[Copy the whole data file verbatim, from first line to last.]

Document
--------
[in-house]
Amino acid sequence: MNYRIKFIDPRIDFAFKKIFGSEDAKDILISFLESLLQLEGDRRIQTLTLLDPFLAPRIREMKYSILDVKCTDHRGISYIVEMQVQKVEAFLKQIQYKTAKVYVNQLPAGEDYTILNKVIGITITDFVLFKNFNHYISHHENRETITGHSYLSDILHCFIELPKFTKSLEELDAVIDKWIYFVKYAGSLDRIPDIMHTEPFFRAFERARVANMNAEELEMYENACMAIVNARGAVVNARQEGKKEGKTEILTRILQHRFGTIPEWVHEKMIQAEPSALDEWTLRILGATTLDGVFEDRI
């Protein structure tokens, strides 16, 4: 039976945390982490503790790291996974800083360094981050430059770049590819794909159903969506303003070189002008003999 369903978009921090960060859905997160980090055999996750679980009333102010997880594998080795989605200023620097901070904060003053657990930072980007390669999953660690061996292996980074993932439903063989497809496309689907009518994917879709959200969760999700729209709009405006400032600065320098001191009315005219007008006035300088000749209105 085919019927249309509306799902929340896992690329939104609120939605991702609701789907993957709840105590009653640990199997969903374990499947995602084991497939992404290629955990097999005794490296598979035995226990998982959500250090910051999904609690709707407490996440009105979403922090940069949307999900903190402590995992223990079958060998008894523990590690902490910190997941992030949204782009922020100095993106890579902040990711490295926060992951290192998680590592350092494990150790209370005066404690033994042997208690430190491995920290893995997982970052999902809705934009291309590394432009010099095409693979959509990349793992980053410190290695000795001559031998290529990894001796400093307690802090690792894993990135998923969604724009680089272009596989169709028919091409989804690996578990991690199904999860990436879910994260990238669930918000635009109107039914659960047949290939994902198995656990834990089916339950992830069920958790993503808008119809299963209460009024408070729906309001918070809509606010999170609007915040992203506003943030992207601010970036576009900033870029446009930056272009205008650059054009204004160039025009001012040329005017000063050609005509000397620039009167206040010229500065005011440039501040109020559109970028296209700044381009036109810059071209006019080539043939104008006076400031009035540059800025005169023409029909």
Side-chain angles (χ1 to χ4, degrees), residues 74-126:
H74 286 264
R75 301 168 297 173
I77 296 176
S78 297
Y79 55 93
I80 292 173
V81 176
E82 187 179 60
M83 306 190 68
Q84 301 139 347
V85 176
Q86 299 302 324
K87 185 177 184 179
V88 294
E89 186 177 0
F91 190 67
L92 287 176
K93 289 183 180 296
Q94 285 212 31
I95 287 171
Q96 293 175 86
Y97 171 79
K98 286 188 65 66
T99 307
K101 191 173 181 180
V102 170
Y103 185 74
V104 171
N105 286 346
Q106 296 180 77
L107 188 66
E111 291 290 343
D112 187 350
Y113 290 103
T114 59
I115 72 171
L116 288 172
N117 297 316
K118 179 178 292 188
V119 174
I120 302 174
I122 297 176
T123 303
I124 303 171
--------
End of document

[in-house]
Amino acid sequence: MNYRIKFIDPRIDFAFKKIFGSEDAKDILISFLESLLQLEGDRRIQTLTLLDPFLAPRIREMKYSILDVKCTDHRGISYIVEMQVQKVEAFLKQIQYKTAKVYVNQLPAGEDYTILNKVIGITITDFVLFKNFNHYISHHENRETITGHSYLSDILHCFIELPKFTKSLEELDAVIDKWIYFVKYAGSLDRIPDIMHTEPFFRAFERARVANMNAEELEMYENACMAIVNARGAVVNARQEGKKEGKTEILTRILQHRFGTIPEWVHEKMIQAEPSALDEWTLRILGATTLDGVFEDRI
């Protein structure tokens, strides 16, 4: 039976945390982490503790790291996974800083360094981050430059770049590819794909159903969506303003070189002008003999 369903978009921090960060859905997160980090055999996750679980009333102010997880594998080795989605200023620097901070904060003053657990930072980007390669999953660690061996292996980074993932439903063989497809496309689907009518994917879709959200969760999700729209709009405006400032600065320098001191009315005219007008006035300088000749209105 085919019927249309509306799902929340896992690329939104609120939605991702609701789907993957709840105590009653640990199997969903374990499947995602084991497939992404290629955990097999005794490296598979035995226990998982959500250090910051999904609690709707407490996440009105979403922090940069949307999900903190402590995992223990079958060998008894523990590690902490910190997941992030949204782009922020100095993106890579902040990711490295926060992951290192998680590592350092494990150790209370005066404690033994042997208690430190491995920290893995997982970052999902809705934009291309590394432009010099095409693979959509990349793992980053410190290695000795001559031998290529990894001796400093307690802090690792894993990135998923969604724009680089272009596989169709028919091409989804690996578990991690199904999860990436879910994260990238669930918000635009109107039914659960047949290939994902198995656990834990089916339950992830069920958790993503808008119809299963209460009024408070729906309001918070809509606010999170609007915040992203506003943030992207601010970036576009900033870029446009930056272009205008650059054009204004160039025009001012040329005017000063050609005509000397620039009167206040010229500065005011440039501040109020559109970028296209700044381009036109810059071209006019080539043939104008006076400031009035540059800025005169023409029909």
Side-chain angles (χ1 to χ4, degrees), residues 74-126:
H74 286 264
R75 301 168 297 173
I77 296 176
S78 297
Y79 55 93
I80 292 173
V81 176
E82 187 179 60
M83 306 190 68
Q84 301 139 347
V85 176
Q86 299 302 324
K87 185 177 184 179
V88 294
E89 186 177 0
F91 190 67
L92 287 176
K93 289 183 180 296
Q94 285 212 31
I95 287 171
Q96 293 175 86
Y97 171 79
K98 286 188 65 66
T99 307
K101 191 173 181 180
V102 170
Y103 185 74
V104 171
N105 286 346
Q106 296 180 77
L107 188 66
E111 291 290 343
D112 187 350
Y113 290 103
T114 59
I115 72 171
L116 288 172
N117 297 316
K118 179 178 292 188
V119 174
I120 302 174
I122 297 176
T123 303
I124 303 171